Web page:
Now I don’t mean for this sermon to be a guilt trip or to make us feel bad for how much we don’t love,
But rather awaken us to the truth that love lives not in our Sunday school rooms, but in our, offices, and jobs and classrooms;
not in our thoughts and dreams, but in our daily routines,
and not simply in our study but how we live towards our enemy.

If living out love were easy, then Christ had no need to die for the love’s sake, but exactly because God suffered and took on our burden, he has made the life of love a real possibility.

9 comments:

Anonymous said...

You are a very good writer. I was captivated from the word go and was dissapointed when I came to the end simply because I was not ready to stop reading. You have a gift. Continue to use it, honoring God in all you do.

I have always seen love of our neighbor as the overflow of our staring intently in the face of God, loving Him with all we have. I have always seen our love for others (our "practicer") as Christ's reflection of Himself on to others through us as a result of our seeking Him. It is His love radiating from us as a result of our loving Him.

What do you think?

JoeBumbulis said...

I'm not sure if I follow exactly, but I do believe that if we love it is from the grace and love of God. The only danger I see is with using this kind of language, love can get "spiritualized", so that love for neighbor becomes impossible because we are always focusing on "spiritual" things.

That's not to say we shouldn't focus on spiritual things, ie disciplines like prayer, fasting, reading scripture, etc; as long as we see ourselves as a conduit in which the Holy Spirit fills us with love and that love overflows into the lives of others.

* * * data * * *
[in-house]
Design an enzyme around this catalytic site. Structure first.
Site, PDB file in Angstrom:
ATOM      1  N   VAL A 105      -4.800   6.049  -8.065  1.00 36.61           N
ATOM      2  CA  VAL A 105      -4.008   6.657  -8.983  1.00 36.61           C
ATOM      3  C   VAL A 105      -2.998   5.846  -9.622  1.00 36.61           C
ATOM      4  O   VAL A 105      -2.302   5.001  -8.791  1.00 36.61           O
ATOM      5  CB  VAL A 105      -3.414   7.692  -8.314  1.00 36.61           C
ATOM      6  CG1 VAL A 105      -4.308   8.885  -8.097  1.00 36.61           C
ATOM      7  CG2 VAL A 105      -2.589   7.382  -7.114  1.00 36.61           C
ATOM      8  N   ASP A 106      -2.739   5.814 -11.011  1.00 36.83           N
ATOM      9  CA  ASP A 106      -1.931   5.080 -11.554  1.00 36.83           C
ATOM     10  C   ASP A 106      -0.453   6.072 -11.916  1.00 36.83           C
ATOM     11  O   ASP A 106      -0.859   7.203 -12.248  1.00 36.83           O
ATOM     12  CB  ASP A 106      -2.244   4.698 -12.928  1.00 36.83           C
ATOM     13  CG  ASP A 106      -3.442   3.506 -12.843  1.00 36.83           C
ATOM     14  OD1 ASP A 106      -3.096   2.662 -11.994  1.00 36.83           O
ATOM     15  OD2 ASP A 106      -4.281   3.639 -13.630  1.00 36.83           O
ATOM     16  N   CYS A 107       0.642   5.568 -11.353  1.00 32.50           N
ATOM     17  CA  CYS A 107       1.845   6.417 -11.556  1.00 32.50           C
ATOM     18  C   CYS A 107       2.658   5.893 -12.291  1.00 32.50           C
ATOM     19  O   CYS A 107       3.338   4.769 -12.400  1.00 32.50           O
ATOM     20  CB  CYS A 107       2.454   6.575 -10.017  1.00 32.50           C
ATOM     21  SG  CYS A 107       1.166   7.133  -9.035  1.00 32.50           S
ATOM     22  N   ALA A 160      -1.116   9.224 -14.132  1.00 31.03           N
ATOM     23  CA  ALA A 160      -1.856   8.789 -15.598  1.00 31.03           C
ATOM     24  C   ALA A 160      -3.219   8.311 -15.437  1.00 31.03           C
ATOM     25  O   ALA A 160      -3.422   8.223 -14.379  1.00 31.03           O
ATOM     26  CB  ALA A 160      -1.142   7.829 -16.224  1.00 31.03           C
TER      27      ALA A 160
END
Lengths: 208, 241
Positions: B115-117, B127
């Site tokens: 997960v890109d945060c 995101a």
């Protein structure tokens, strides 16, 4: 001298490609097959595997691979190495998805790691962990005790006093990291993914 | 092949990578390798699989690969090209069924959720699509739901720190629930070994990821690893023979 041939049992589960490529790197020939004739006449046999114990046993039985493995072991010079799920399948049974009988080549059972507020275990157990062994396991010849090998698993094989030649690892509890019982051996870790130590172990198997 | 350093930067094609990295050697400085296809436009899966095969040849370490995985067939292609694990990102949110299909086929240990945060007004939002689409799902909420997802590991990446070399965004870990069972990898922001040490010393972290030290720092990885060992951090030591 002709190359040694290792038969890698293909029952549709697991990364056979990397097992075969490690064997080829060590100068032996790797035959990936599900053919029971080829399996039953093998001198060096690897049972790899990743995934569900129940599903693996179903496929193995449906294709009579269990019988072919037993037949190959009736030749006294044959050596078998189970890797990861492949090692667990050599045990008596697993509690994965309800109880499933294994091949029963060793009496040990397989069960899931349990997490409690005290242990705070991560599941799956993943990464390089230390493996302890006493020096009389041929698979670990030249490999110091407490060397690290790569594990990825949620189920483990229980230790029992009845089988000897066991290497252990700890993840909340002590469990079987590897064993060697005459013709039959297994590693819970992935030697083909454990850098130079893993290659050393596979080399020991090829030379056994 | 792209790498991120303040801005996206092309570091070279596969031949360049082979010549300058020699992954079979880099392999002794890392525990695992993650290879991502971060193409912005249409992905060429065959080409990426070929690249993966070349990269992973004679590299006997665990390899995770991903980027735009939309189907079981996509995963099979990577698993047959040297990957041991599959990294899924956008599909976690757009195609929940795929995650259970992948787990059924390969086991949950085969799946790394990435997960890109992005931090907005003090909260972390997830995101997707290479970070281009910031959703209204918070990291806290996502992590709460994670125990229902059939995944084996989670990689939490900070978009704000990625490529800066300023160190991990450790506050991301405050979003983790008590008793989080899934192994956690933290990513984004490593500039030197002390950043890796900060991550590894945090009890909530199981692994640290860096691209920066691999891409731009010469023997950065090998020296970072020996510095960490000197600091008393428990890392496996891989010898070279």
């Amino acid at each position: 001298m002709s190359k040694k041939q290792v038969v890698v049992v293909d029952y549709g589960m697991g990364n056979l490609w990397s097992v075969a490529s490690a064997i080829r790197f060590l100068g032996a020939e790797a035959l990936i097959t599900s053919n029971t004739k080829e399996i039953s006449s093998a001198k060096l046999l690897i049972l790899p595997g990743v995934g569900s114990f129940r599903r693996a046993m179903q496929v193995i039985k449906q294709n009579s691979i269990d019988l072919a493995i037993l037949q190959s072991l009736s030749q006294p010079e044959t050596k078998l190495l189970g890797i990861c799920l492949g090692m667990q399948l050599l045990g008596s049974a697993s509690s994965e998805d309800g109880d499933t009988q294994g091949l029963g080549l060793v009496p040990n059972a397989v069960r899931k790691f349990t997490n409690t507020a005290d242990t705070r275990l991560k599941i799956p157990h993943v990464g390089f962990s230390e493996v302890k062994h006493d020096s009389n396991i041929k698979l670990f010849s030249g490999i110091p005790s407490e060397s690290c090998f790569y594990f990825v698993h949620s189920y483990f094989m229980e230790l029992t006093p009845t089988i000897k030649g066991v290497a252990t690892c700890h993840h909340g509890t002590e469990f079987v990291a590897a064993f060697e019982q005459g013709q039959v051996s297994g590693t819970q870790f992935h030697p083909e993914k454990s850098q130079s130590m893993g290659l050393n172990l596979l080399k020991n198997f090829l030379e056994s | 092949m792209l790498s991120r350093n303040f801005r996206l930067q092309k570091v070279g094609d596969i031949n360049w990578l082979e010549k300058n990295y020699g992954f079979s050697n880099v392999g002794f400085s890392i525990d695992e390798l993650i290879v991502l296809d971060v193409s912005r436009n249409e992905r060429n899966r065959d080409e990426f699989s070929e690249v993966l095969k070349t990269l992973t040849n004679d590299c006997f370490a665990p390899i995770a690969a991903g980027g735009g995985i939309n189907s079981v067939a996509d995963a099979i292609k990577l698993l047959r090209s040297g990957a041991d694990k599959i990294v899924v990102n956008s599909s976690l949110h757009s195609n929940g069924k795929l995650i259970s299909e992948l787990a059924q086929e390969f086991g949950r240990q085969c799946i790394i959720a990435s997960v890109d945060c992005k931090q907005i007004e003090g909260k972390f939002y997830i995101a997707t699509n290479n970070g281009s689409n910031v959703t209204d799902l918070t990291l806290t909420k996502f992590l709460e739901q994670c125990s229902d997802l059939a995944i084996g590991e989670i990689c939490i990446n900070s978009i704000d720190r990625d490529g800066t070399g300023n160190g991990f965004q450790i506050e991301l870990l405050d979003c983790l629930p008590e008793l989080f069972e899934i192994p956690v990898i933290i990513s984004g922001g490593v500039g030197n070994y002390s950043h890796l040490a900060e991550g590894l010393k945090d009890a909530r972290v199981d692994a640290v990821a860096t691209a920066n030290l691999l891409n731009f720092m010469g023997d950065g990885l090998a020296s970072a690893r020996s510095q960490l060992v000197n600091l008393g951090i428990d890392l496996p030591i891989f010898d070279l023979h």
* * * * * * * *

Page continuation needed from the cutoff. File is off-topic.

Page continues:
Anonymous said...

I should have written "love our neighbor" instead of "love of our neighbor".

I think I agree with your response based on you saying "love for neighbor becomes impossible because we are always focusing on "spiritual" things" and "as long as we see ourselves as a conduit" except I would change one word. I would say "as long as we are conduits".

My point was that the only way that we can love our neighbor is if that love comes from God because we are incapable to truly love our neighbor on our own. When we truly love our neighbor it is only Christs love for them overflowing out of us. This can only happen when we are intently gazing at His beauty. :)

We display evidence of love when we are doing. If we arent doing there is not evidence. We need to question if we are truly loving (or for that matter a believer) if we are not displaying evidence of loving others.

That however does not rule out prayer, fasting, reading Scripture, etc... These are areas that in some form allow us to gaze at His beauty. If we arent doing these then we cant truly love. God is the source of love. Doing evidence of love. Doing not only involves feeding the hungry, clothing the poor, etc...Doing involves intently studying Scripture, praying, fasting seeking the Lord's will in all that we do.

That's how I see it anyway. What do you think?

I cant figure out why I cant publish under my name but this mike...maybe like Lucas, you have your Calvinist filter on. :)

mi familia said...

Sorry for the typos and other mistakes. Im at my office trying to answer the phone and take care of clients etc... :)
mike

mi familia said...